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1917-1920 Joe Jackson Pro-Model "YMCA" Bat
Starting Bid - $300, Sold For - $3,231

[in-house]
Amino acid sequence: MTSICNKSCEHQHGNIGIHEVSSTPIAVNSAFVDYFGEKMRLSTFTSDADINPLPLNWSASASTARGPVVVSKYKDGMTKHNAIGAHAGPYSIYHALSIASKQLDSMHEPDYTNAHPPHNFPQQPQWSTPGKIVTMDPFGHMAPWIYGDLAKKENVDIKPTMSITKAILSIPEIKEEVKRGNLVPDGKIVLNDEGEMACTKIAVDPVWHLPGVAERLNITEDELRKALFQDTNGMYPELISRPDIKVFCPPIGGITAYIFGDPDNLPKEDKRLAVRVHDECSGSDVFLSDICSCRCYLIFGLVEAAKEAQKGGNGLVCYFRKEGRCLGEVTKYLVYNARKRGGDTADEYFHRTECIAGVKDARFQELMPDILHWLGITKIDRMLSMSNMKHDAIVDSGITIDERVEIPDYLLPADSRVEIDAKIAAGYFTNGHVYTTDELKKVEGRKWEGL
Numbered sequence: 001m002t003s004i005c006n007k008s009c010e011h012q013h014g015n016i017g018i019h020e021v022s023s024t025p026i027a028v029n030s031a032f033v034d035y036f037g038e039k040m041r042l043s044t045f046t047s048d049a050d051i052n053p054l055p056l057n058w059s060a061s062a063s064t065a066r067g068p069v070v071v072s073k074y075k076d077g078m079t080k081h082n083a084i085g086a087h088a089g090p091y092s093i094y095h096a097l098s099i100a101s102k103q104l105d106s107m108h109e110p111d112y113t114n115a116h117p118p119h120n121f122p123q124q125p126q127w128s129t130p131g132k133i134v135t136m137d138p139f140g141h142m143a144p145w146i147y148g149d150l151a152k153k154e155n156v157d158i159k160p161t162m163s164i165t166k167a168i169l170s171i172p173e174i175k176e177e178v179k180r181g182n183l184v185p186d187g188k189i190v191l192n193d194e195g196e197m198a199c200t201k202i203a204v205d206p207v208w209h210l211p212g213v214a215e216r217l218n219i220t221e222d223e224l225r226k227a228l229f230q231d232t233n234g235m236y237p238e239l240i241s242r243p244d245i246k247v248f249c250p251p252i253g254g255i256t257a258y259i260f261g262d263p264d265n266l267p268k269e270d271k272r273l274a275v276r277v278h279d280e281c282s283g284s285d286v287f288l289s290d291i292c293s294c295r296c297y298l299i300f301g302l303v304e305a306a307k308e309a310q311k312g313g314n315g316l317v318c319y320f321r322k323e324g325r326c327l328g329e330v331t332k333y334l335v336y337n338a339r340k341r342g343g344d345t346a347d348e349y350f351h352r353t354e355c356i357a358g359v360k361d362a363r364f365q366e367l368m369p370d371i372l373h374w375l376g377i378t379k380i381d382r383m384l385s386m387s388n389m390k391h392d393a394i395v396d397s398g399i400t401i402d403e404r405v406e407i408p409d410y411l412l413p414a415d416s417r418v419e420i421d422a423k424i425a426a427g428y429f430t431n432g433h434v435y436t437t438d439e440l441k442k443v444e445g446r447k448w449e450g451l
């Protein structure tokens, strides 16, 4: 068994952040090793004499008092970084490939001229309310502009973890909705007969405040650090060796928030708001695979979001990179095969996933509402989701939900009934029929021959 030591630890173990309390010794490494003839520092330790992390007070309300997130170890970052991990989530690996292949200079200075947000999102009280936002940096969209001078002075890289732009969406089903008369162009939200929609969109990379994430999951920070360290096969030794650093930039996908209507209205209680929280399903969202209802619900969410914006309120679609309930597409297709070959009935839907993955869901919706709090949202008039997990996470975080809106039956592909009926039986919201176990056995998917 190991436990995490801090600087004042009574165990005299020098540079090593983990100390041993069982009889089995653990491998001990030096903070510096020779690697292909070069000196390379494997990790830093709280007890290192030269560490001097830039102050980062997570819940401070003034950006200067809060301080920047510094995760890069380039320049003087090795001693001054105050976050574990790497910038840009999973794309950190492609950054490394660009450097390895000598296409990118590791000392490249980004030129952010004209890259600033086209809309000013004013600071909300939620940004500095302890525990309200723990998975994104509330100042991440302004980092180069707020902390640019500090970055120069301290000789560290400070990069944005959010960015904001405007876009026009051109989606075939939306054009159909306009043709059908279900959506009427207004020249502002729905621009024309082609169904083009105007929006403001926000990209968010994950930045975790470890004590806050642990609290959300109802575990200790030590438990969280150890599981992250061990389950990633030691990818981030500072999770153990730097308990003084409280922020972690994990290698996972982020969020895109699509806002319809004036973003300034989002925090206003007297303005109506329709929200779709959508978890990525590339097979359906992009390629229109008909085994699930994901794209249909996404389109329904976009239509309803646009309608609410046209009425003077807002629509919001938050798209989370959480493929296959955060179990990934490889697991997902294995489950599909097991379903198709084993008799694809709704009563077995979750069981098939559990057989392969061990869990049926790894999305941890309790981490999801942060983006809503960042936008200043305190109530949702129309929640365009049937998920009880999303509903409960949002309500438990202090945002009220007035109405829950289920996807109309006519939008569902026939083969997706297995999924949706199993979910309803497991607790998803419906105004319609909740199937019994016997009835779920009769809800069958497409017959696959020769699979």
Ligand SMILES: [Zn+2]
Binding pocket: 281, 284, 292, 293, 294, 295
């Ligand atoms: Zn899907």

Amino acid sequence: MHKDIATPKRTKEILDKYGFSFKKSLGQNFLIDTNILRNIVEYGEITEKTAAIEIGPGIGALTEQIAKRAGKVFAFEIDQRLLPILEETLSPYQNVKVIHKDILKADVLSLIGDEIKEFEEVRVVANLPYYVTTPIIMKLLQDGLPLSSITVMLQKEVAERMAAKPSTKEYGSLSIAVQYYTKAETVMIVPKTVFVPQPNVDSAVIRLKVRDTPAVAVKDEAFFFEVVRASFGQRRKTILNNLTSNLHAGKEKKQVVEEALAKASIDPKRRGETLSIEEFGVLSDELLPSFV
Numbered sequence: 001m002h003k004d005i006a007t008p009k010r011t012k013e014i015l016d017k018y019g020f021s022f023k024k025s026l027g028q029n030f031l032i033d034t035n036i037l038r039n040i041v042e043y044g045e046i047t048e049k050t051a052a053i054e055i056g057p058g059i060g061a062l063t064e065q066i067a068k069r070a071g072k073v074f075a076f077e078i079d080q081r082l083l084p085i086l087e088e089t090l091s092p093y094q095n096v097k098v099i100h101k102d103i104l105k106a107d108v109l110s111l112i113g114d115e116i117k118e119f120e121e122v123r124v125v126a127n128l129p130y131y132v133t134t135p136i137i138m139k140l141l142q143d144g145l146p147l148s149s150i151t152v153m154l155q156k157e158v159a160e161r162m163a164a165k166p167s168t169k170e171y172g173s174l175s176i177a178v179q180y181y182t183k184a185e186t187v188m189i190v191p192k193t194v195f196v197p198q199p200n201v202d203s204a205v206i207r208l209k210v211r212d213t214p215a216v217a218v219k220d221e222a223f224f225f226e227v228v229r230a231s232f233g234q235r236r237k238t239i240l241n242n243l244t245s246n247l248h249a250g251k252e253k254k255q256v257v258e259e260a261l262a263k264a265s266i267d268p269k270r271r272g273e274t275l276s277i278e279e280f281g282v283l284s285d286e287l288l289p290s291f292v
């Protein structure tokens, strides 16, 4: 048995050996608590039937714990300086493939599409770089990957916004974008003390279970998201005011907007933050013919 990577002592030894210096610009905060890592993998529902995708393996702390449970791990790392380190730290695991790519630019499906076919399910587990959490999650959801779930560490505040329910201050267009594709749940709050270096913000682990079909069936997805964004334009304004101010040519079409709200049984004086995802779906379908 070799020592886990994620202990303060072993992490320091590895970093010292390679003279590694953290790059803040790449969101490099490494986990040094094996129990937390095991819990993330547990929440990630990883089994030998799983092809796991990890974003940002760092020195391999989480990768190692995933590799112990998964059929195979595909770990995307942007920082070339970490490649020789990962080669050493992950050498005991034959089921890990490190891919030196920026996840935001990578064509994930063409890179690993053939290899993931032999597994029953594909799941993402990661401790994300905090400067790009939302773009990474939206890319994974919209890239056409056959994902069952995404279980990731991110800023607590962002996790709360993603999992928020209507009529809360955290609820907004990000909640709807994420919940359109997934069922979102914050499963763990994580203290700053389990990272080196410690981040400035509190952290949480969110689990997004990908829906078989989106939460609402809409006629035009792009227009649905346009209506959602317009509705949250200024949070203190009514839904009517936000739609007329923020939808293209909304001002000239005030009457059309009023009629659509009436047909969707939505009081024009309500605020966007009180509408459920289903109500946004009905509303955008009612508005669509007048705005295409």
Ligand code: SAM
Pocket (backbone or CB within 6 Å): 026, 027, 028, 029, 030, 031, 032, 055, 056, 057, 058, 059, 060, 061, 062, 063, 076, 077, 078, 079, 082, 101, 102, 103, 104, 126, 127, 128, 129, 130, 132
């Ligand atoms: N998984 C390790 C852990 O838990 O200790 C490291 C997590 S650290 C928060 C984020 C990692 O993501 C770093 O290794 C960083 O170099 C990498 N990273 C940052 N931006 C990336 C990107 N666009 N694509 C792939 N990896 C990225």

This H&B Joe Jackson full signature-model bat (predating model numbers) is unusual in that it also bears a special "YMCA" stamping on the handle. Aside from the "YMCA" stamp, it is identical in all respects to Joe Jackson H&B pro-model bats made between the years 1917 and 1920. The exact meaning of the "YMCA" stamp has never been determined with certainty, but is almost certainly related to World War I support activities. The "YMCA" stamp, which is as-made and was added at the H&B factory, appears just to the left of the center brand. While the stamping is somewhat of an enigma, the bat itself is not nearly so mysterious as it is otherwise an exemplary Joe Jackson pro-model bat that is entirely consistent with the specifications of all other circa 1917-1920 Joe Jackson pro-model bats examined by MEARS. Measuring 35 inches in length and weighing 36.75 ounces, the bat displays heavy use along its entire length including grain swelling, ball and cleat marks, surface marks, and an eight-inch crack in the handle. Additionally, a moderate gouge runs through the center brand. The YMCA stamping featured here is not unique to this bat and has been seen on other pro-model bats from the era, as have “War Department" and "Bat and Ball Fund" stamps (both of which are also related to World War I programs). The fact that no known H&B catalogs from the period list YMCA, War Department, or Bat and Ball Fund stamped bats for sale to the general public has led some to theorize that bats bearing those stamps were specially produced for use only by servicemen. Others have conjectured that the stamps were placed on select pro-model bats as a patriotic sign of support for the troops. While both theories appear plausible, the first gives rise to another question: if these bats were produced exclusively for the troops, why donate top-of-the-line pro-model bats made to the exact specifications of the respective player? H&B was producing retail bats at this time, and it certainly would have made more economic sense to send store-model bats to the troops rather than pro-model examples. To date, all known examples of these specially stamped war-era bats are constructed of professional-grade wood, and all match the exact specifications of the player whose name is stamped on the barrel. This example is no exception and if not for the special stamping it would be indistinguishable from any other Joe Jackson H&B pro-model bat made between the years 1917 and 1920. Graded A4 by MEARS (base grade of five, plus 3 points for use, with 3 points subtracted for the YMCA stamp, and an additional point deducted for the handle crack). Because the exact history and nature of these specially stamped World War I era H&B bats has never been conclusively determined, MEARS conservatively subtracts three points for the presence of any one of the three stamps (War Department, YMCA, or War Bond Fund). LOA from Troy Kinunen/MEARS. Reserve $300. Estimate $1,000+. SOLD FOR $3,231
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